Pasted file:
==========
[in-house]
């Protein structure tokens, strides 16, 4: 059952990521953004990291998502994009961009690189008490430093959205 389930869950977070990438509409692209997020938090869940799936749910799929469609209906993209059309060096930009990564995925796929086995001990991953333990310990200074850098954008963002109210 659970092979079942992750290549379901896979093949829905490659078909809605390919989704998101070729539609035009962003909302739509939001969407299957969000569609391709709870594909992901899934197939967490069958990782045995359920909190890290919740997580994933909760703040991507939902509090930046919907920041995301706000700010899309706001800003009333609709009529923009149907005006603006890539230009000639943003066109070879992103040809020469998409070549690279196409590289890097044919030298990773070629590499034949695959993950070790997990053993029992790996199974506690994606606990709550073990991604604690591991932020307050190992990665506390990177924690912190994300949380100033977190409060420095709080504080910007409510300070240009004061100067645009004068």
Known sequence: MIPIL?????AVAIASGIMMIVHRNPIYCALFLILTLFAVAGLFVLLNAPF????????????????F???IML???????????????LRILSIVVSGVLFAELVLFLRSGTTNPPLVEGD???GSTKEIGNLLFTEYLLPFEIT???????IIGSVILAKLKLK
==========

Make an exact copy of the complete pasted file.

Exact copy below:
[in-house]
């Protein structure tokens, strides 16, 4: 059952990521953004990291998502994009961009690189008490430093959205 389930869950977070990438509409692209997020938090869940799936749910799929469609209906993209059309060096930009990564995925796929086995001990991953333990310990200074850098954008963002109210 659970092979079942992750290549379901896979093949829905490659078909809605390919989704998101070729539609035009962003909302739509939001969407299957969000569609391709709870594909992901899934197939967490069958990782045995359920909190890290919740997580994933909760703040991507939902509090930046919907920041995301706000700010899309706001800003009333609709009529923009149907005006603006890539230009000639943003066109070879992103040809020469998409070549690279196409590289890097044919030298990773070629590499034949695959993950070790997990053993029992790996199974506690994606606990709550073990991604604690591991932020307050190992990665506390990177924690912190994300949380100033977190409060420095709080504080910007409510300070240009004061100067645009004068």
Known sequence: MIPIL?????AVAIASGIMMIVHRNPIYCALFLILTLFAVAGLFVLLNAPF????????????????F???IML???????????????LRILSIVVSGVLFAELVLFLRSGTTNPPLVEGD???GSTKEIGNLLFTEYLLPFEIT???????IIGSVILAKLKLK